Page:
Werd (Lake Constance)

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Werd
Werdinseln.JPG
Werd archipelago
Werd is located in Switzerland
Werd
Werd
Geography
Coordinates 47°39′20″N 08°52′00″E / 47.65556°N 8.86667°E / 47.65556; 8.86667Coordinates: 47°39′20″N 08°52′00″E / 47.65556°N 8.86667°E / 47.65556; 8.86667
Archipelago Im Werd (also: Werd Islands)
Area 0.016 km2 (0.0062 sq mi)
Length 0.19 km (0.118 mi)
Width 0.11 km (0.068 mi)
Highest elevation 398 m (1,306 ft)
Administration
Canton Thurgau
Municipality Eschenz
Demographics
Population 9
Additional information
Situated on lake Untersee (Lake Constance)

Werd Island is the main island of the small island group Werd Islands in the westernmost part of the Lower Lake of Lake Constance just before the High Rhine leaves the part of the lake known as Rheinsee. It is located on Swiss territory between Stein am Rhein and Eschenz.

History[edit]

The Werd was already inhabited in 5000 BC, using stilt houses. Stone tools used by hunter-gatherers in the Middle Stone Age have been found. In the Neolithic, Werd provided an ideal place to settle. Between 1931 and 1935, the island was excavated under the direction of Karl Keller-Tarnuzzer. Numerous items such as stone axes, arrowheads, a flint sickle, pottery shards, bone fishhooks from the Neolithic and the Bronze Age came to light. Tools, weapons and jewelry from the Bronze Age were found.

Water levels of Lake Constance fell to an extreme low in the winter of 2005/2006. This uncovered a large waterfront areas and some prehistoric artifacts. A selection of prehistoric, Roman Era and medieval artifacts is on display at the entrance of the refectory on the island. Other important finds are now housed in the Museum of Archaeology in Frauenfeld and in the local museum in Eschenz.

In 50 BCE, the Romans built a pile bridge between Rhaetia and Magna Germania via the island. The two bridge sections had a length of 220 and 217 meters and a width of six meters. This Roman road, known in the literature as the Rheatian Boundary Street[1] led from the Vicus Tasgetium (Eschenz) via Rielasingen, Singen, Friedingen, Steißlingen, Orsingen, Vilsingen and Inzigkofen to a ford across the Danube at Laiz. In Orsingen there was a junction to Pfullendorf and Burgweiler. Near Dürren Ast, there was a further junction through the Ablach Valley to Messkirch, Krauchenwies and Mengen-Ennetach.[2]

Chapel[edit]

Saint Othmar, the first abbot of the Abbey of St. Gall was sent into exile to Werd in 759. He died on Werd on 16 November of that year. The St. Othmar chapel on the island was erected in his memory in the 15th Century. It belongs to the Catholic parish of Eschenz.

The island is owned by the Benedictine Einsiedeln Abbey. It is, however, leased by the Franciscans; they live in a house attached to the chapel.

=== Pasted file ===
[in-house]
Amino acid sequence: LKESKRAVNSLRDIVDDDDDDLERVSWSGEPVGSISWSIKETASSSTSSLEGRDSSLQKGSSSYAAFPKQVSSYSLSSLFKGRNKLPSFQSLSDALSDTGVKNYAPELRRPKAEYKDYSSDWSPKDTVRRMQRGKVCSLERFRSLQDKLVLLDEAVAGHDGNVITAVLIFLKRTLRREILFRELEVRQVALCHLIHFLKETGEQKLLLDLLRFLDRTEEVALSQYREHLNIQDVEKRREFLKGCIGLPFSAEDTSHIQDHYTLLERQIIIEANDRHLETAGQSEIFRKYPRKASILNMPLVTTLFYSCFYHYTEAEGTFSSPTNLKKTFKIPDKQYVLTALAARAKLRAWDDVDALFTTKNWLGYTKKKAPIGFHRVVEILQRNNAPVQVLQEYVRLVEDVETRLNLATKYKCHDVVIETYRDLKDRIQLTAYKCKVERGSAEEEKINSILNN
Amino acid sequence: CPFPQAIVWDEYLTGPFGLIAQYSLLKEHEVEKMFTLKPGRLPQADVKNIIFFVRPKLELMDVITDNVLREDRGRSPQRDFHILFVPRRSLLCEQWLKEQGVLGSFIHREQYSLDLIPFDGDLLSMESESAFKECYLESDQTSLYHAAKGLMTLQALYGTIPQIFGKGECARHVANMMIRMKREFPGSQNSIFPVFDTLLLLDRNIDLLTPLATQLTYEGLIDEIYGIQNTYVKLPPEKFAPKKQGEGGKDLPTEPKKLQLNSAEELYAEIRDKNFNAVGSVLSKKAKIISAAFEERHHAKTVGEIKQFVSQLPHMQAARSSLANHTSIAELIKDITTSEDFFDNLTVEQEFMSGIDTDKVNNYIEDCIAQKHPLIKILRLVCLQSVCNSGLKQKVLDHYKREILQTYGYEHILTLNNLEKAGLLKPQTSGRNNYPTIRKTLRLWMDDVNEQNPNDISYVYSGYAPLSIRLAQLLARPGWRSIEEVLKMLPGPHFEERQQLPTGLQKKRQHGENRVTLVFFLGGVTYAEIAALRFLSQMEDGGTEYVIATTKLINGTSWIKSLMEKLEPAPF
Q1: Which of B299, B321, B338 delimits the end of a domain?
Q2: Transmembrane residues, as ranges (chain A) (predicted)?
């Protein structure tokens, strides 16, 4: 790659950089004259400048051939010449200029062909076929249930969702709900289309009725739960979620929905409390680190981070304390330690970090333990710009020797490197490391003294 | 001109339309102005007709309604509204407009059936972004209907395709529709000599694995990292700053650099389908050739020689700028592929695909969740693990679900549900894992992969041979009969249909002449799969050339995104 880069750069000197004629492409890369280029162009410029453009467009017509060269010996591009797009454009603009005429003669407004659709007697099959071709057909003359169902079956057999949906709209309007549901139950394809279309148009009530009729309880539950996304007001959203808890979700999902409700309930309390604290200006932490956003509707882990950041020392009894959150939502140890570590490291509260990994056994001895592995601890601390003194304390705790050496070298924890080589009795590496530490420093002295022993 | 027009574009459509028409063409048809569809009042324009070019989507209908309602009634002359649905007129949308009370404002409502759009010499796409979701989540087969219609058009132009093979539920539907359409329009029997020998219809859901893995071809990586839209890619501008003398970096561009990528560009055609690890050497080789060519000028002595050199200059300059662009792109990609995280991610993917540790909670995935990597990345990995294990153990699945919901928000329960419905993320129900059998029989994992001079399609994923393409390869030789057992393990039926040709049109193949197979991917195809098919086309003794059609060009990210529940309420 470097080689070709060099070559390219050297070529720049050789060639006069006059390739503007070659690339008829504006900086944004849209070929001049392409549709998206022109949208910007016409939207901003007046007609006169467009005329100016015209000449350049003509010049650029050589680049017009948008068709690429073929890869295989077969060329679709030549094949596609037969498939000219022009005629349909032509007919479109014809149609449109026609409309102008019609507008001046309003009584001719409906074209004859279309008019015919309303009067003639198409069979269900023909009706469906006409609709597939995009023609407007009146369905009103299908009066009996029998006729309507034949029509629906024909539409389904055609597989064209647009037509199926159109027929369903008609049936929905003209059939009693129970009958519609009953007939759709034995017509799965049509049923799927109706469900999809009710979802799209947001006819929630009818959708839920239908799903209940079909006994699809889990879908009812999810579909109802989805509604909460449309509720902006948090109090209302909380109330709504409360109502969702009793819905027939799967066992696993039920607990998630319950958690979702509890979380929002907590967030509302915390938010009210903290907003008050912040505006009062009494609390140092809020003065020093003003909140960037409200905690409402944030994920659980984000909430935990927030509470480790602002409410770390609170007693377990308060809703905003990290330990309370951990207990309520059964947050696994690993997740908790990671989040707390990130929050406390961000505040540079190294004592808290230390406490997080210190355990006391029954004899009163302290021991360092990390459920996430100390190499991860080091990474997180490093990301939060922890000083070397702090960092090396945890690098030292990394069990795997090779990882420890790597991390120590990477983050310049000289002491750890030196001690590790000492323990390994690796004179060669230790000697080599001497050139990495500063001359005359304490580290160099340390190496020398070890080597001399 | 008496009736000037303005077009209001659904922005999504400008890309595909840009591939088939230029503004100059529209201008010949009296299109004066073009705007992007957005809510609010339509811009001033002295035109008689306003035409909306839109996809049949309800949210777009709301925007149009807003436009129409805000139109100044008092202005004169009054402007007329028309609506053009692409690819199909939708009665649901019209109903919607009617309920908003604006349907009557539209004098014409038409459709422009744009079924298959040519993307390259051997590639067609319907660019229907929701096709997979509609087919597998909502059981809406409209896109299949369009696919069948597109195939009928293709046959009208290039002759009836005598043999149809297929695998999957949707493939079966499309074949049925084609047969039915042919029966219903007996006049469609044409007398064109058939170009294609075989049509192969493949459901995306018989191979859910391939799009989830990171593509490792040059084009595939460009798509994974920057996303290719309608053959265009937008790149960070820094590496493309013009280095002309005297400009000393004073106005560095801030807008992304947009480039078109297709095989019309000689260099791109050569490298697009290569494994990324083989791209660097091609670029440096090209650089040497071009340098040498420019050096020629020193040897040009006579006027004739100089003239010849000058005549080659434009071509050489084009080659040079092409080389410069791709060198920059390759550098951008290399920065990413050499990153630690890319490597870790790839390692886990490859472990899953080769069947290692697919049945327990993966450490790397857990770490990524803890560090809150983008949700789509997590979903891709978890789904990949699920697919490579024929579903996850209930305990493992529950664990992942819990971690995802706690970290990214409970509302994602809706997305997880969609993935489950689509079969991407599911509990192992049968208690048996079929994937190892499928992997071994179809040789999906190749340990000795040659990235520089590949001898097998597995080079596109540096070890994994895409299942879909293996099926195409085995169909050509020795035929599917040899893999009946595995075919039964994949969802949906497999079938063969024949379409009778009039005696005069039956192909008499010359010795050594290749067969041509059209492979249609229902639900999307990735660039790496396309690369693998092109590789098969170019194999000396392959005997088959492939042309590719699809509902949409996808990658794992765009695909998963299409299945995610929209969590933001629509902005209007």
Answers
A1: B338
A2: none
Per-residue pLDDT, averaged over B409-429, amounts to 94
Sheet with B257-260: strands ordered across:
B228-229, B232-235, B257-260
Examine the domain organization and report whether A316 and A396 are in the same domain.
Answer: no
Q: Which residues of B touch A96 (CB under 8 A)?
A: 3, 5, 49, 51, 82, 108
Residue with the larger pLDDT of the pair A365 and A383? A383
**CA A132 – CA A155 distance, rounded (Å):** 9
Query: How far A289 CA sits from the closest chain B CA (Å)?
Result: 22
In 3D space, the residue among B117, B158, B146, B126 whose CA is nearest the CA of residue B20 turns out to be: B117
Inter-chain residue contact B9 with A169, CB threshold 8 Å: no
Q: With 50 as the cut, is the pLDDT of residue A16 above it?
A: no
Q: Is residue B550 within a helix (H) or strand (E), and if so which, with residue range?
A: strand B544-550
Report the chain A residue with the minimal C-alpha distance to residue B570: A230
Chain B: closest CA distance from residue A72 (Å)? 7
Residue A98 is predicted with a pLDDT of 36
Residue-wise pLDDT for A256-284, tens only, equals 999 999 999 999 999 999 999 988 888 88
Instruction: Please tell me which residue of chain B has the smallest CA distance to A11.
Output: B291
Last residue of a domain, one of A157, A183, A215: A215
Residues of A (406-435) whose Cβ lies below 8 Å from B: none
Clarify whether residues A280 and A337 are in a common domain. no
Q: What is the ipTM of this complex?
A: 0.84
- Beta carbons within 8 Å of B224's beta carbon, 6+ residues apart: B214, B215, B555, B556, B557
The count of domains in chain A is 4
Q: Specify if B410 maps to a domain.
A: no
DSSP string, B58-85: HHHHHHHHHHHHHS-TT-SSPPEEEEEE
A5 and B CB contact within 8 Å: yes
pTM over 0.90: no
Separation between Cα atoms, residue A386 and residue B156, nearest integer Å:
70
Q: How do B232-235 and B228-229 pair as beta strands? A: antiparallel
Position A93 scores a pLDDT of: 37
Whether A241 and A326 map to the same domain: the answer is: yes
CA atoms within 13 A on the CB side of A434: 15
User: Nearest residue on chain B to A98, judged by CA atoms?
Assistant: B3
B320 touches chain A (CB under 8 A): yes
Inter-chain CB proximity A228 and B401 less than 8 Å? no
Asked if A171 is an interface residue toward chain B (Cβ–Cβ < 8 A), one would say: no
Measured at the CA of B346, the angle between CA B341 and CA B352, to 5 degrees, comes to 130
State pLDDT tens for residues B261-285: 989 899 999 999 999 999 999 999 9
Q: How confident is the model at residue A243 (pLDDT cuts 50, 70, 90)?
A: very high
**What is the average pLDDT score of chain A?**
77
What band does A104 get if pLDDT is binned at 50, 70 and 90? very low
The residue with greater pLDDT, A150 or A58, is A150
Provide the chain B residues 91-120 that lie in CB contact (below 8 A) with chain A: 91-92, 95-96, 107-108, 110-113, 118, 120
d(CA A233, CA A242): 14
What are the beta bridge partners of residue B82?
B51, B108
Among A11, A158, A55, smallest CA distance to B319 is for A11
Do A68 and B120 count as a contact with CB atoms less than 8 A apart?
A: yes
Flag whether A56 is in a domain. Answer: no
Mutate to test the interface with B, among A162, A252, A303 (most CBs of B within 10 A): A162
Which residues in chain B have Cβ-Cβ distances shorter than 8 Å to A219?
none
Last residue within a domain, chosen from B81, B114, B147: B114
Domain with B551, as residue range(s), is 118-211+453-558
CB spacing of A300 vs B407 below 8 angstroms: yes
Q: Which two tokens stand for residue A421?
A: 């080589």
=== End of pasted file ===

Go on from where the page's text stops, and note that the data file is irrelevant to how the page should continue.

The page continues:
Archipelago[edit]

Werd is the main island of a small island group. It has an area of 1.59 hectare belongs to the ward Untereschenz of the municipality of Eschenz, in the Swiss Canton Thurgau. The highest point of the island is 398 metres above sea level or 2 metres above lake level (396 m).

It is connected to the south bank of the river by a 125 meter long wooden bridge.

The two smaller islands in the group belong to the municipality of Stein am Rhein of Canton of Schaffhausen. They are uninhabited and form the nature reserve and bird sanctuary Middle and lower Werdli. Middle Werdli island has an area of 0.4 hectares; Lower Werdli measures 0.6 hectares.

The boundary between the cantons of Thurgau and Schaffhausen, follows the center line of the Rhine here.[3]

The bridge at Stein am Rhein is generally considered to be the boundary between the Lower Lake of Lake Constance and the High Rhine.[4] The Werd islands lie just above the bridge and are therefore inland islands, not river islands. The Western tip of Lower Werli is about 320 meters upstream from the bridge.

Gallery[edit]

References and sources[edit]

  • Heinz Finke: Inselspaziergänge. Werd, Liebesinsel, Reichenau, Mainau, Dominikanerinsel, Lindau., 1991, ISBN 3-87685-122-X
  • Karl Keller-Tarnuzzer: Die Inselleute vom Bodensee, 1935

Footnotes[edit]

  1. ^ Friedrich Hertlein und Peter Goessler: Die Strassen und Wehranlagen des römischen Württemberg, part 2 of: Friedrich Hertlein, Oscar Paret, Peter Goessler: Die Römer in Württemberg, Kohlhammer, Stuttgart 1930, p. 172-177
  2. ^ H. Schmid, H. Eberhardt: Archäologie im Umland der Heuneburg. Neue Ausgrabungen und Funde an der oberen Donau zwischen Mengen und Riedlingen. Vorträge des 2. Ennetacher Arbeitsgespräches vom 18. März 1999 und Begleitheft zur Ausstellung im Heuneburgmuseum (21. Mai-31. Oktober 1999), Heuneburg, in: Archäologische Informationen aus Baden-Württemberg, vol 40, Landesdenkmalamt Baden-Württemberg, Stuttgart, 1999. p. 101
  3. ^ City of Schaffhausen archive
  4. ^ Schweizerische Zeitschrift für Hydrologie, vol. 21-22, page 49: The end of the lower lake and thus the entire Lake Constance lies beneath the Rhine bridge at Stein.

External links[edit]